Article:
Passive-Aggressive Punctuation

Andrew Sullivan —  Dec 2 2013 @ 2:39pm

Ben Crair demonstrates how the use of the period has evolved in the age of texting:

Say you find yourself limping to the finish of a wearing workday. You text your girlfriend: “I know we made a reservation for your bday tonight but wouldn’t it be more romantic if we ate in instead?” If she replies,

we could do that

Then you can ring up Papa John’s and order something special. But if she replies,

we could do that.

Then you should probably drink a cup of coffee: You’re either going out or you’re eating Papa John’s alone.

This is an unlikely heel turn in linguistics. In most written language, the period is a neutral way to mark a pause or complete a thought; but digital communications are turning it into something more aggressive. “Not long ago, my 17-year-old son noted that many of my texts to him seemed excessively assertive or even harsh, because I routinely used a period at the end,” Mark Liberman, a professor of linguistics at the University of Pennsylvania, told me by email. … “In the world of texting and IMing … the default is to end just by stopping, with no punctuation mark at all,” Liberman wrote me. “In that situation, choosing to add a period also adds meaning because the reader(s) need to figure out why you did it. And what they infer, plausibly enough, is something like ‘This is final, this is the end of the discussion or at least the end of what I have to contribute to it.’”

Jess Zimmerman reviews her own messages and arrives at a different conclusion:

Crair is totally right that “sorry about last night” is qualitatively different from “Sorry about last night.” and that “no” is definitely worlds away from “No.” A quick scan of my iMessage buffer, though, turned up punctuated texts including “A fat corgi. Super best.” and “OMG burrito.” Surely these are things nobody can be mad about; the period here is not expressing displeasure. … One [messager] is earnest and puts a lot of thought into everything he says (he feels strongly about a burrito, I guess); one is playful but argumentative (he just dares you to disagree that a fat corgi is best). The fact that they punctuate lends weight to the things they say, even if it’s on the subject of food and pups—or at least, it lends the appearance or tone of weight. … The period is the equivalent of banging your fist on the table for emphasis: A fat corgi is the best … PERIOD.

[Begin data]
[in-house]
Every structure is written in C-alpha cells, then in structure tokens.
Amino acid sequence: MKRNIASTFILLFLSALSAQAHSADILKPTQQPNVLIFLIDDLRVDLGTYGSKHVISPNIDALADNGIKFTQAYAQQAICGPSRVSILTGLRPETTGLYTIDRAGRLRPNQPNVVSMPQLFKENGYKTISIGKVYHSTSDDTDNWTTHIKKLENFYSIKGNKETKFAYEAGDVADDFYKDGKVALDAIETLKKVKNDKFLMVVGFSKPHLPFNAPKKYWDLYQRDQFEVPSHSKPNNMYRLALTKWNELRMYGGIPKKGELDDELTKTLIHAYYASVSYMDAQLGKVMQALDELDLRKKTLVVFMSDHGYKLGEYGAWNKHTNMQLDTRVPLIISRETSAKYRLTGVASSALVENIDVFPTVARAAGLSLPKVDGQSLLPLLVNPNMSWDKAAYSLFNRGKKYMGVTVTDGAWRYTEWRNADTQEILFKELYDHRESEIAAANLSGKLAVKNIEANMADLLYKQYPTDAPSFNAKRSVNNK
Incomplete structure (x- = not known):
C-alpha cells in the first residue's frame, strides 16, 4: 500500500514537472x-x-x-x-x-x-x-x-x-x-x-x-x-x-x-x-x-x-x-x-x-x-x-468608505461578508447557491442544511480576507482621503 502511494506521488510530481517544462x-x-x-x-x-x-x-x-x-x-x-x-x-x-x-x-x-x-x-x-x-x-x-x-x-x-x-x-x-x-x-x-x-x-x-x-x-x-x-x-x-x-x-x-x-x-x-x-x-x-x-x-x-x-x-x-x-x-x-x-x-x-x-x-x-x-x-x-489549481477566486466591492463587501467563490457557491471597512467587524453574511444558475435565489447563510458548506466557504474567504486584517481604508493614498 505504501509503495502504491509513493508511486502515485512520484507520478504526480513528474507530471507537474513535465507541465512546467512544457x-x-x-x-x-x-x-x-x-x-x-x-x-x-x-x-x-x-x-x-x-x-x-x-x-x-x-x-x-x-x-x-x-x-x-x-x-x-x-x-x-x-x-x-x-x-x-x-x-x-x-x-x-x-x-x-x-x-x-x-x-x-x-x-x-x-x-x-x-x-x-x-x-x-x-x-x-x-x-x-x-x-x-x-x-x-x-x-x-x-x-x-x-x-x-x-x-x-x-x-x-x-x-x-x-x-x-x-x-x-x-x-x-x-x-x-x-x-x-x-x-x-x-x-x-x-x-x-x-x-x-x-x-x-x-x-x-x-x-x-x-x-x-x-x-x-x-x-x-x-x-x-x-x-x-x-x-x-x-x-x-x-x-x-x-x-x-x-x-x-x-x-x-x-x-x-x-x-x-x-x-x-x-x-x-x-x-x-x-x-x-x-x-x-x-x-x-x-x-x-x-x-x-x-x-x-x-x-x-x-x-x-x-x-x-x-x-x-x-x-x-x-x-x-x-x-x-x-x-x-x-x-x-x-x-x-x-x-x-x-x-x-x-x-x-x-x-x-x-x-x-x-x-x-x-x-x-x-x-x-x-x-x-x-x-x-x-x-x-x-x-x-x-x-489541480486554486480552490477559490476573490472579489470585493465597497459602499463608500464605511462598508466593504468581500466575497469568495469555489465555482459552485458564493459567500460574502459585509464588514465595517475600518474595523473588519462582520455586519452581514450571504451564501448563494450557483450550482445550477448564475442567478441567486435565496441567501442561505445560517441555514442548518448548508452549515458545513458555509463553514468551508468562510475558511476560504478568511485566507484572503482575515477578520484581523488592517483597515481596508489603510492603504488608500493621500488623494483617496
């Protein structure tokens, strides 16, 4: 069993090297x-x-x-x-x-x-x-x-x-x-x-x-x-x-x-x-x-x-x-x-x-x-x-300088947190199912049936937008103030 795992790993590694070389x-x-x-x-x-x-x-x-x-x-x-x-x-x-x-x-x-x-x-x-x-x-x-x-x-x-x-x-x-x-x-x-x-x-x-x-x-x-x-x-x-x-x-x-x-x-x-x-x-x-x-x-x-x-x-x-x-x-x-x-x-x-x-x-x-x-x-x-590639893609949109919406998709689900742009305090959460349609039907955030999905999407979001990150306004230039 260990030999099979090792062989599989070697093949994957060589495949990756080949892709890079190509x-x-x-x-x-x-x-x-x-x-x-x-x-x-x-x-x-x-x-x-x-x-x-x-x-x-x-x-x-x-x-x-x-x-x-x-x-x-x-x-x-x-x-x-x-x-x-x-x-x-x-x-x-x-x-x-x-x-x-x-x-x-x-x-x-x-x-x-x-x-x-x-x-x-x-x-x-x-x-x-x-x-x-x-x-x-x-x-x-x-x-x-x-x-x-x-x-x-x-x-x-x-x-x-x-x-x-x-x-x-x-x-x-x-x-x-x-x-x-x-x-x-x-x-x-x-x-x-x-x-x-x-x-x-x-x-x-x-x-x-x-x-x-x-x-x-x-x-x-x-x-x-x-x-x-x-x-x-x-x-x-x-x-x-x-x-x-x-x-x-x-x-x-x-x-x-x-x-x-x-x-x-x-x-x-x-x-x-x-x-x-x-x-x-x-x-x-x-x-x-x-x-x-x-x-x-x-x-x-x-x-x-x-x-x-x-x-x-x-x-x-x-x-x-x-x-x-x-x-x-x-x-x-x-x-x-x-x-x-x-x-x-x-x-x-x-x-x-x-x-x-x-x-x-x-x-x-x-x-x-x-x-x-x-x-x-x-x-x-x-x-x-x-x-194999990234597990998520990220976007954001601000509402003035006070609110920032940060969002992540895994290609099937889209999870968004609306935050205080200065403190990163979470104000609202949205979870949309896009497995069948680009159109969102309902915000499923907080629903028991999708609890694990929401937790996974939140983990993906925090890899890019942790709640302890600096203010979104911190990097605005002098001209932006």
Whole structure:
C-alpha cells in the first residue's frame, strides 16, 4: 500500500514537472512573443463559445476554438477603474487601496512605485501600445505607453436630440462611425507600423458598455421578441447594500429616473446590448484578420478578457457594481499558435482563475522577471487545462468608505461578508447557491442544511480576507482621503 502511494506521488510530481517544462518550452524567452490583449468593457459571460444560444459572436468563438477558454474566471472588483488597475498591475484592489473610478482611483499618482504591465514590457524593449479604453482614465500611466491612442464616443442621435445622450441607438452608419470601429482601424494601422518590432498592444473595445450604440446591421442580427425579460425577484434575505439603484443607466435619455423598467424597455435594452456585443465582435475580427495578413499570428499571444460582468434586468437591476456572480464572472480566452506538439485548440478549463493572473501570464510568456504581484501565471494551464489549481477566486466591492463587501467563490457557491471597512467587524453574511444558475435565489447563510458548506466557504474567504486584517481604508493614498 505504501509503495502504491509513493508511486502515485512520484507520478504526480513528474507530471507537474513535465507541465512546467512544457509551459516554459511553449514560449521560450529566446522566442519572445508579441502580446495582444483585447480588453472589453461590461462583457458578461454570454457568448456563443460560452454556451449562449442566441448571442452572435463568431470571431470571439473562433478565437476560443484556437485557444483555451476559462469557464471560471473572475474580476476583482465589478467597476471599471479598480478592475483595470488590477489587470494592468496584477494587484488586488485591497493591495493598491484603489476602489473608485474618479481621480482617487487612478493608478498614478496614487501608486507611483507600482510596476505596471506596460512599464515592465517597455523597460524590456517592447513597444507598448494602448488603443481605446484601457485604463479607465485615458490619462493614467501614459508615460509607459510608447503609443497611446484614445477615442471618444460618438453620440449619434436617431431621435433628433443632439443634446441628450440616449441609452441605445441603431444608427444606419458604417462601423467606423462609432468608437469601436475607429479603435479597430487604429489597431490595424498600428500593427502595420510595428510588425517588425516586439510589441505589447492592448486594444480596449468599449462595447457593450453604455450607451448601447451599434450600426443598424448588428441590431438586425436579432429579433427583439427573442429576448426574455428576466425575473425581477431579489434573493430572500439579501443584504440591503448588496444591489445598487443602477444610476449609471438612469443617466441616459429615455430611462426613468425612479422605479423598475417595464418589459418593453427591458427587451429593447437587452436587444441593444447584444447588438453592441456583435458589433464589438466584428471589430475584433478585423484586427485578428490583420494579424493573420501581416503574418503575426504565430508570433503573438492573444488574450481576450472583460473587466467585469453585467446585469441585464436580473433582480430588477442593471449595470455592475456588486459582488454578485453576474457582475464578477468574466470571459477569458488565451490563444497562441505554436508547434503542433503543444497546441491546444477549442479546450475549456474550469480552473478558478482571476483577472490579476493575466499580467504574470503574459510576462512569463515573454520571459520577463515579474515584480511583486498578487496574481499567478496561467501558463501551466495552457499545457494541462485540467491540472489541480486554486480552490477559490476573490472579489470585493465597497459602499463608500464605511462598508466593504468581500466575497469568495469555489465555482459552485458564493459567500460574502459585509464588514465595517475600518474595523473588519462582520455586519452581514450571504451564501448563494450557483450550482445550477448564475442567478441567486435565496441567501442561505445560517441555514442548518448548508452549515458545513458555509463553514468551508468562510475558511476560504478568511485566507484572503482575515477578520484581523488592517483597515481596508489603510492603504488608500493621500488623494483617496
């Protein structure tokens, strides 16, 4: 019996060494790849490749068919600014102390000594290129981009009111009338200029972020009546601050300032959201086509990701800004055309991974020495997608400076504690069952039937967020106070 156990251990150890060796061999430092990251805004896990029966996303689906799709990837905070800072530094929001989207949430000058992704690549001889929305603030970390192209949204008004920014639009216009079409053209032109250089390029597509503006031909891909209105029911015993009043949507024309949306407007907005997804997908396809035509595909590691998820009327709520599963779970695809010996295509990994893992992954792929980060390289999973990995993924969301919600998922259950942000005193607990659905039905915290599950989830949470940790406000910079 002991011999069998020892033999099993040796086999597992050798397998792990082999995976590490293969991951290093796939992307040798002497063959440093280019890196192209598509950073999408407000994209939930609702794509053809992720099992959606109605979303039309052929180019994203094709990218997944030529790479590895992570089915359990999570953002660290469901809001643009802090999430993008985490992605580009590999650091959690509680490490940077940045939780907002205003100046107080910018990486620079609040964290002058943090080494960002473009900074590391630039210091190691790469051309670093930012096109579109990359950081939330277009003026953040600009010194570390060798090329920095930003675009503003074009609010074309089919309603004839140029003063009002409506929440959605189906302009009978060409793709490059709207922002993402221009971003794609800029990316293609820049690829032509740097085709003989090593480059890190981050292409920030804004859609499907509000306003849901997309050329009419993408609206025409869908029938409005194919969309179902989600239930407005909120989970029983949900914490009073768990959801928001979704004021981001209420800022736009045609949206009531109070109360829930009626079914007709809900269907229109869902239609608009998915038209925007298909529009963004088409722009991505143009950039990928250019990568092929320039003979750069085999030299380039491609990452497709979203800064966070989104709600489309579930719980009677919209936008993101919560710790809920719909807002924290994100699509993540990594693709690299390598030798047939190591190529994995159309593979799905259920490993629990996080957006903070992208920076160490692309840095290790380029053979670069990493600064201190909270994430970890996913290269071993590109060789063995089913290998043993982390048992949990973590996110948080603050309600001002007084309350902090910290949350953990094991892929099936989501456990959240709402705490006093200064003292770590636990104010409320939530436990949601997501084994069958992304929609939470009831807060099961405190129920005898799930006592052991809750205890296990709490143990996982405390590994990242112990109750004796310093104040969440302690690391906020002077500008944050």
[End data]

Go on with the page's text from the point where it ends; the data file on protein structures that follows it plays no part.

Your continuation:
Eschewing the period, then, is avoiding emphasis, dodging declarativeness. It’s declining to speak with a tone of authority. It is, in short, the text equivalent of uptalk or vocal fry, the speech patterns that young people (especially young women) use to introduce a sense of accommodating uncertainty into their statements.

Meanwhile, Matthew J.X. Malady suggests a way that punctuation could reduce typographic uncertainty in English: inverted exclamation points, like the ones used at the beginning of sentences in Spanish:

When you’re reading a sentence the writer intended as an exclamation, by the time the exclamation point comes in, you’ve already read all the information that was supposed to have received emphasis! When your eyes reach the punctuation, you already know your wife got the big promotion, or the Pittsburgh Pirates finally made the playoffs, and you’ve missed the chance to read the relevant sentence from start to finish for the first time with the appropriate tone. … The punctuation marks in these instances function like pseudo-footnotes, coming in after the fact to tell you: By the way, you should’ve gotten excited about that last thing you just read…